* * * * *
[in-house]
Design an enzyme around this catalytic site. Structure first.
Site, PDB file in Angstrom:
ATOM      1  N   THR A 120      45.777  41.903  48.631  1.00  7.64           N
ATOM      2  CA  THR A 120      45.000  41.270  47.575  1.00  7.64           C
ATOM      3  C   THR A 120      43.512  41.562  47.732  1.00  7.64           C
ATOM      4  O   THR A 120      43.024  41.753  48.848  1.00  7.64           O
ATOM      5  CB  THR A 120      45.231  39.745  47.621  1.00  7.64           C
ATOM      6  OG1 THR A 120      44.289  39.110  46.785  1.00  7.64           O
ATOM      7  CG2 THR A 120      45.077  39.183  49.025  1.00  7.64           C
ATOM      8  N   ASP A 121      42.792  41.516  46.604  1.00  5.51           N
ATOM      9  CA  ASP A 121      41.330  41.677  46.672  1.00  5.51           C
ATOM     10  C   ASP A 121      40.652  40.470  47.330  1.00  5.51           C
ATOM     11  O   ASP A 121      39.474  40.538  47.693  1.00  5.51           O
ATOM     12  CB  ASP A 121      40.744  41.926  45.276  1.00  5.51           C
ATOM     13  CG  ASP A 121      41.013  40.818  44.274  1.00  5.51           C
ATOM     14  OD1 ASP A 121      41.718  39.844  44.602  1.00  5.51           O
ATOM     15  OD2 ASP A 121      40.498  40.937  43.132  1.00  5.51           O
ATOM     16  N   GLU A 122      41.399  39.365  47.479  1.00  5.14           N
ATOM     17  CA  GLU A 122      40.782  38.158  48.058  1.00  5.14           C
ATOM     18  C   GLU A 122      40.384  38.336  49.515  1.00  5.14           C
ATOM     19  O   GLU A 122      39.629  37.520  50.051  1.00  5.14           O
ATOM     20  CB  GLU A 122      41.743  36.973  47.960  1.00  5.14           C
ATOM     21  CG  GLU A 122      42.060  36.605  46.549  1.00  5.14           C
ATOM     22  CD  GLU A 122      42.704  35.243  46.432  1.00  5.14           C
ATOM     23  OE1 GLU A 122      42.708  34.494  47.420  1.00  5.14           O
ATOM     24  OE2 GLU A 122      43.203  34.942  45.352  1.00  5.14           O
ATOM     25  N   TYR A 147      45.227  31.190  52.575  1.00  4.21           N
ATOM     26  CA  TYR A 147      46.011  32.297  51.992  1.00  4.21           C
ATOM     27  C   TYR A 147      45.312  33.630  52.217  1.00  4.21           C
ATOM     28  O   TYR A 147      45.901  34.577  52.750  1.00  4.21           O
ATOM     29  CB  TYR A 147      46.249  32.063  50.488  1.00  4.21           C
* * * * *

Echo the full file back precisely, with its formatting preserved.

[in-house]
Design an enzyme around this catalytic site. Structure first.
Site, PDB file in Angstrom:
ATOM      1  N   THR A 120      45.777  41.903  48.631  1.00  7.64           N
ATOM      2  CA  THR A 120      45.000  41.270  47.575  1.00  7.64           C
ATOM      3  C   THR A 120      43.512  41.562  47.732  1.00  7.64           C
ATOM      4  O   THR A 120      43.024  41.753  48.848  1.00  7.64           O
ATOM      5  CB  THR A 120      45.231  39.745  47.621  1.00  7.64           C
ATOM      6  OG1 THR A 120      44.289  39.110  46.785  1.00  7.64           O
ATOM      7  CG2 THR A 120      45.077  39.183  49.025  1.00  7.64           C
ATOM      8  N   ASP A 121      42.792  41.516  46.604  1.00  5.51           N
ATOM      9  CA  ASP A 121      41.330  41.677  46.672  1.00  5.51           C
ATOM     10  C   ASP A 121      40.652  40.470  47.330  1.00  5.51           C
ATOM     11  O   ASP A 121      39.474  40.538  47.693  1.00  5.51           O
ATOM     12  CB  ASP A 121      40.744  41.926  45.276  1.00  5.51           C
ATOM     13  CG  ASP A 121      41.013  40.818  44.274  1.00  5.51           C
ATOM     14  OD1 ASP A 121      41.718  39.844  44.602  1.00  5.51           O
ATOM     15  OD2 ASP A 121      40.498  40.937  43.132  1.00  5.51           O
ATOM     16  N   GLU A 122      41.399  39.365  47.479  1.00  5.14           N
ATOM     17  CA  GLU A 122      40.782  38.158  48.058  1.00  5.14           C
ATOM     18  C   GLU A 122      40.384  38.336  49.515  1.00  5.14           C
ATOM     19  O   GLU A 122      39.629  37.520  50.051  1.00  5.14           O
ATOM     20  CB  GLU A 122      41.743  36.973  47.960  1.00  5.14           C
ATOM     21  CG  GLU A 122      42.060  36.605  46.549  1.00  5.14           C
ATOM     22  CD  GLU A 122      42.704  35.243  46.432  1.00  5.14           C
ATOM     23  OE1 GLU A 122      42.708  34.494  47.420  1.00  5.14           O
ATOM     24  OE2 GLU A 122      43.203  34.942  45.352  1.00  5.14           O
ATOM     25  N   TYR A 147      45.227  31.190  52.575  1.00  4.21           N
ATOM     26  CA  TYR A 147      46.011  32.297  51.992  1.00  4.21           C
ATOM     27  C   TYR A 147      45.312  33.630  52.217  1.00  4.21           C
ATOM     28  O   TYR A 147      45.901  34.577  52.750  1.00  4.21           O
ATOM     29  CB  TYR A 147      46.249  32.063  50.488  1.00  4.21           C